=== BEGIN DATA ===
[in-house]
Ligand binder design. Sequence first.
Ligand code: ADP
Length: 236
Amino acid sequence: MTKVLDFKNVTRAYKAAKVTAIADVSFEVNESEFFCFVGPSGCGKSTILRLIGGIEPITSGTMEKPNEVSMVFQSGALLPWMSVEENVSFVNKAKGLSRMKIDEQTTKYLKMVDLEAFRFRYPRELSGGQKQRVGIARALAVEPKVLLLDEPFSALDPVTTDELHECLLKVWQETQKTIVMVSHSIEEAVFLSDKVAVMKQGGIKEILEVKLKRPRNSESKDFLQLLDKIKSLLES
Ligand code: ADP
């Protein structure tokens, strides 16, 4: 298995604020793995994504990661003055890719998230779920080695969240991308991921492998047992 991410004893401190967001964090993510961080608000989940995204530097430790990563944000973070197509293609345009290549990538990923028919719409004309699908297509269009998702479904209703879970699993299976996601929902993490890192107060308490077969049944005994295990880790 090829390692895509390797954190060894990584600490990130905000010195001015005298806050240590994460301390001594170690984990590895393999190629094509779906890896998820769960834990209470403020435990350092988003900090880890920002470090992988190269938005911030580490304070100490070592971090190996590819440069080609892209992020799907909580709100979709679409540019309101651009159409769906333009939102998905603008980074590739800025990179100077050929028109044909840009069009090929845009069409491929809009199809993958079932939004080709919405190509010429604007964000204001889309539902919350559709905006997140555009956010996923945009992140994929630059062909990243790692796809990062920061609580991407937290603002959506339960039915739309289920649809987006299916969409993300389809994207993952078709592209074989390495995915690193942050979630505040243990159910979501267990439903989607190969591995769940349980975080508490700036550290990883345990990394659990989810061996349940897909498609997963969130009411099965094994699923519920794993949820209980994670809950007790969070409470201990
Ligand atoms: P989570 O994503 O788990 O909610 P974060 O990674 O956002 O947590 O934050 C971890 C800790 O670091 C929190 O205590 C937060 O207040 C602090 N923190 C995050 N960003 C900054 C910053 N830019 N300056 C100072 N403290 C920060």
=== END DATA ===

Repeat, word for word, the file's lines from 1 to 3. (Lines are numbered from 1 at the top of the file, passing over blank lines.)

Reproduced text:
[in-house]
Ligand binder design. Sequence first.
Ligand code: ADP